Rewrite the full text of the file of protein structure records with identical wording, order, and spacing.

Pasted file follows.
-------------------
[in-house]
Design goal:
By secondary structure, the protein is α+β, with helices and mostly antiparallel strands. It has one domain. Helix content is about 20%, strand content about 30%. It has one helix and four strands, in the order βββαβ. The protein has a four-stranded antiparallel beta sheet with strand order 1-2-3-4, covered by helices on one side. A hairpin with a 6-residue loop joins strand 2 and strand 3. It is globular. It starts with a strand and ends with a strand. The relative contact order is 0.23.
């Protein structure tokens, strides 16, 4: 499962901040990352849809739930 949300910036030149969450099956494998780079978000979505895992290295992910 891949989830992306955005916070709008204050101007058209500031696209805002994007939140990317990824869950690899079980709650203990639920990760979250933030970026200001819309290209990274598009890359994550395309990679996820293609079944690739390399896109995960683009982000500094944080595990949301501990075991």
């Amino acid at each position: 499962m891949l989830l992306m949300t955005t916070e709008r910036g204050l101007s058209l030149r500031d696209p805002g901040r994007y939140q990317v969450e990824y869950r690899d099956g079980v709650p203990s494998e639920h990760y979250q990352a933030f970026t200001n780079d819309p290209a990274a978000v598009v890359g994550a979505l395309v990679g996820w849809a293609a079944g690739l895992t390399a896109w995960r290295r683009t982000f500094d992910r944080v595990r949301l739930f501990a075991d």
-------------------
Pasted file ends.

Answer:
[in-house]
Design goal:
By secondary structure, the protein is α+β, with helices and mostly antiparallel strands. It has one domain. Helix content is about 20%, strand content about 30%. It has one helix and four strands, in the order βββαβ. The protein has a four-stranded antiparallel beta sheet with strand order 1-2-3-4, covered by helices on one side. A hairpin with a 6-residue loop joins strand 2 and strand 3. It is globular. It starts with a strand and ends with a strand. The relative contact order is 0.23.
């Protein structure tokens, strides 16, 4: 499962901040990352849809739930 949300910036030149969450099956494998780079978000979505895992290295992910 891949989830992306955005916070709008204050101007058209500031696209805002994007939140990317990824869950690899079980709650203990639920990760979250933030970026200001819309290209990274598009890359994550395309990679996820293609079944690739390399896109995960683009982000500094944080595990949301501990075991």
């Amino acid at each position: 499962m891949l989830l992306m949300t955005t916070e709008r910036g204050l101007s058209l030149r500031d696209p805002g901040r994007y939140q990317v969450e990824y869950r690899d099956g079980v709650p203990s494998e639920h990760y979250q990352a933030f970026t200001n780079d819309p290209a990274a978000v598009v890359g994550a979505l395309v990679g996820w849809a293609a079944g690739l895992t390399a896109w995960r290295r683009t982000f500094d992910r944080v595990r949301l739930f501990a075991d």